March 27, 2013 | Mandarin

More Than One One in Chinese

Tones for this basic number are all over the place.

As I go through my Fluenz lessons, over and over I have been getting the word for “one” wrong when I type it in pinyin. Not the letters—which are just y plus i, so how wrong could one really go with those?—but rather, the tones.

So finally I went and looked this humble little number up, and lo and behold, it appears it can be expressed with any of three to four different tones depending on the syllable’s proximity to other tones.

Yī Bēi Kāfēi (But Pronounced Yì Bēi Kāfēi)

My Cup of Coffee Is ‘Yī Bēi Kāfēi’ (But Pronounced ‘Yì Bēi Kāfēi’)

By itself—as part of a number, and also at the end of a sentence, I believe—“one” is in the first tone: . No problem.

But if it is followed by the first, second, or third tone, it is pronounced with the fourth tone. In Fluenz, I see zài yào yì píng for “want another bottle.” Another example would be yì tiān (one day).

And when “one” comes before the fourth tone, it is pronounced in the second tone. In Fluenz, I just had to type in zài yào yí ge kāfēi. (Want another coffee.)

So wait a second, is ge considered fourth tone? I am not seeing any written tones on my ge’s in Fluenz.

Yes, it is, according to the Society for Anglo-Chinese Understanding, which shows ge with a fourth tone: . But maybe that’s only because on that page, the ge is standing there all by its lonesome. I see on another post elsewhere on the Wild Wild Web that ge is supposed to be a neutral tone in many cases where it is mistakenly written with a fourth tone. So maybe the rule for yī being pronounced as yí is really that it should be pronounced as second tone not only before fourth tone but also before the neutral tone, of which I still have a very shady understanding.

Complicating things, I read somewhere else that when “one” is between two similar verbs, it changes to the neutral tone. Can’t picture that at present. I think, however, that this is not the biggest of my problems in Mandarin Chinese.

Finally, here’s one other issue. I read the following on a University of North Carolina Chapel Hill website: “When writing Pinyin, note that, despite the change when speaking, the original tone marks are still written.”

Great! But that’s not how it’s working in my Fluenz software. If it were, I wouldn’t be getting so many answers wrong. Is Fluenz violating this standard for the sake of pedagogical expediency, or is UNC not representing a universal point of view?

Don’t get me wrong, I am feeling very fond of my Fluenz at present, but they did not explain my yi’s to me.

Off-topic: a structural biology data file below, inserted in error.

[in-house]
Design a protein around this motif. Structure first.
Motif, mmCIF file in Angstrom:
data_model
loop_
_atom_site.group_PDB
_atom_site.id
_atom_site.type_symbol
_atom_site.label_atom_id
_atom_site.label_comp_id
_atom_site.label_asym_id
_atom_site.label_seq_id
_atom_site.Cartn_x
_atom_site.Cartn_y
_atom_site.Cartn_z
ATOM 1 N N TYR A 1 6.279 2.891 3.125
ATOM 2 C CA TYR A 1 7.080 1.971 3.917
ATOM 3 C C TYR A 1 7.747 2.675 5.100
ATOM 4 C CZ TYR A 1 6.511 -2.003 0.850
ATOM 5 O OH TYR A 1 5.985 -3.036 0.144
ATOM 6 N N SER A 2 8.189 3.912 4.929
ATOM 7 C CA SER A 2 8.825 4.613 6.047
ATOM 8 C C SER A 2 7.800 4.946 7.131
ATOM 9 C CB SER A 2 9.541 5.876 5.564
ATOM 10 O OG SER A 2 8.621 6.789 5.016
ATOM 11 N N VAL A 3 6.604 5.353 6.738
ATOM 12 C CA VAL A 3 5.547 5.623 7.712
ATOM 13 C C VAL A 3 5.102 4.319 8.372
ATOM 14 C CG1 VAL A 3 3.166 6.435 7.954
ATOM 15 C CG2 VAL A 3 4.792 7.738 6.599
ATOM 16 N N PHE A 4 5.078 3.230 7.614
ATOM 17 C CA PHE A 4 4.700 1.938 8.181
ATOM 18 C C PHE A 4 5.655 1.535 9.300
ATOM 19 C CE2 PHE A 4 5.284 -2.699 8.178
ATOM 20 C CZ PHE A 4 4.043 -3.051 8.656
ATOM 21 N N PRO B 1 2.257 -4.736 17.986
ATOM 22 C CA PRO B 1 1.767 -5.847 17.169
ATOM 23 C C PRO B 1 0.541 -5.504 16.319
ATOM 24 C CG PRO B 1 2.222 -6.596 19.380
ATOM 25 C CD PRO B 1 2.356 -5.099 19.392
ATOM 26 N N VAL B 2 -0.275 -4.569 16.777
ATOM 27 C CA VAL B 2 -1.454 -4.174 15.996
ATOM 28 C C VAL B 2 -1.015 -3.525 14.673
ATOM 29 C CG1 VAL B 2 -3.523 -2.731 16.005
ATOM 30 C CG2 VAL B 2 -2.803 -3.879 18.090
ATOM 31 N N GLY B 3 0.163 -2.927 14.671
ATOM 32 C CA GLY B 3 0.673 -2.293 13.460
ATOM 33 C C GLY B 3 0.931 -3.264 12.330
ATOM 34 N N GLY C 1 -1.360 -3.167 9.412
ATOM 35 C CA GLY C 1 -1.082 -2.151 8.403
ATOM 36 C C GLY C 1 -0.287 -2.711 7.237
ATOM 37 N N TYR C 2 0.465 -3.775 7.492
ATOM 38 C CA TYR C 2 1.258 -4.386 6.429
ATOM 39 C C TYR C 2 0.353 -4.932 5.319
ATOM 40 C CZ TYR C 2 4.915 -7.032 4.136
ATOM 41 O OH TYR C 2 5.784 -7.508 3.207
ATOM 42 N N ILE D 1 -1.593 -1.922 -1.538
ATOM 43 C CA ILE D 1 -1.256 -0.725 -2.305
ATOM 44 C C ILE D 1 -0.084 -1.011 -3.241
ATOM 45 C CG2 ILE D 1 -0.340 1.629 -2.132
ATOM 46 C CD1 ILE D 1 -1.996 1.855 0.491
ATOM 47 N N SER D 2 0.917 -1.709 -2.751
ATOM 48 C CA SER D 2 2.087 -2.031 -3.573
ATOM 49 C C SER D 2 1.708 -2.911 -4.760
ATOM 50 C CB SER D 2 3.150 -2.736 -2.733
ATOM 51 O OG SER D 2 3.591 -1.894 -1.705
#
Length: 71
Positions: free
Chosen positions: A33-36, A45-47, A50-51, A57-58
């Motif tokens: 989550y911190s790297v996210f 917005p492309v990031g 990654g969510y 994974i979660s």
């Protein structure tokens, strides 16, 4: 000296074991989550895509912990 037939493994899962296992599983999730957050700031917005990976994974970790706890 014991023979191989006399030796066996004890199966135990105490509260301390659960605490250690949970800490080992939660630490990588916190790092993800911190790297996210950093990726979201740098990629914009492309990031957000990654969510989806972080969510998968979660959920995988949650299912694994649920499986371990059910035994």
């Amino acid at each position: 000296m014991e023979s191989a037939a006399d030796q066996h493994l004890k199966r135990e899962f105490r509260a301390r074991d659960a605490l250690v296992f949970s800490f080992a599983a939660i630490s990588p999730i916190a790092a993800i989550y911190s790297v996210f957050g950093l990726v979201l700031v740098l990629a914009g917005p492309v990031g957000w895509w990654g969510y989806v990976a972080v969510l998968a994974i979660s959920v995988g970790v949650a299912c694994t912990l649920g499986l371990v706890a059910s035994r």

It’s funny the kinds of things that can trip up the solo language learner—often they are such little things, but so disproportionately perplexing!

Comments (4)

Charles • Posted on Fri, March 29, 2013 - 9:49 pm EST

I’m sorry to say that Fluenz is violating the standard.  Personally, I’m fine with that as it would have really helped me when I was learning.

Ellen Jovin • Posted on Fri, March 29, 2013 - 10:01 pm EST

Thank you, Charles. I think it’s an interesting issue: Should you teach people in a way that helps them more with pronunciation, or should you teach them the standard pinyin writing standards?

I think I come down in favor of standard pinyin. First, I don’t think it seems like a GREAT idea to undermine people’s grasp of pinyin; best to teach them the way people normally write things.

Second, I am pretty sure I am learning the tones faster through oral methods than by reading the direction the accent is pointing on my yi’s, so I’m not sure constantly switching around the diacritical marks is all that helpful to my spoken Chinese.

Third, Fluenz should definitely tell me what they are up to so I don’t get confused about what standard pinyin is and why I keep getting everything wrong.

But this is a minor issue and has not been especially injurious to my learning.

Ellen Jovin • Posted on Fri, March 29, 2013 - 10:12 pm EST

Addendum: I guess if Fluenz explained it, it COULD be helpful as a teaching technique. This comes up a lot in their lessons with bú yào (meaning “don’t want”), too. I seem to recall that it took me a while to figure out why bù was becoming bú in that phrase.

I just wouldn’t want to start writing the pinyin wrong as a result. For example, I actually don’t know now whether I am supposed to write bú yào or bù yào. I don’t know whether Fluenz changes to second tone there just to help me pronounce it or whether that’s really what I’m supposed to write in that phrase.

Charles • Posted on Sun, March 31, 2013 - 11:58 am EST

I’ve been thinking about this and I believe I don’t feel so strongly about it because pinyin is a tool—nobody ever intended it to replace writing in Chinese (i.e., hanzi) and its pretty much only used as a pronunciation guide.

My pedagogical pet peeve is when teachers (native teachers) tell their students that 学 is pronounced like 水.  I attended a famous summer “boot camp” for Mandarin once and all the first and second “year” students pronounced the two words the same.  When I asked the TA about this, he said its easier for them when they’re first learning pronunciation and that they’ll “re-teach” them once they get to higher levels.  Now, that, I believe, was inexcusable.

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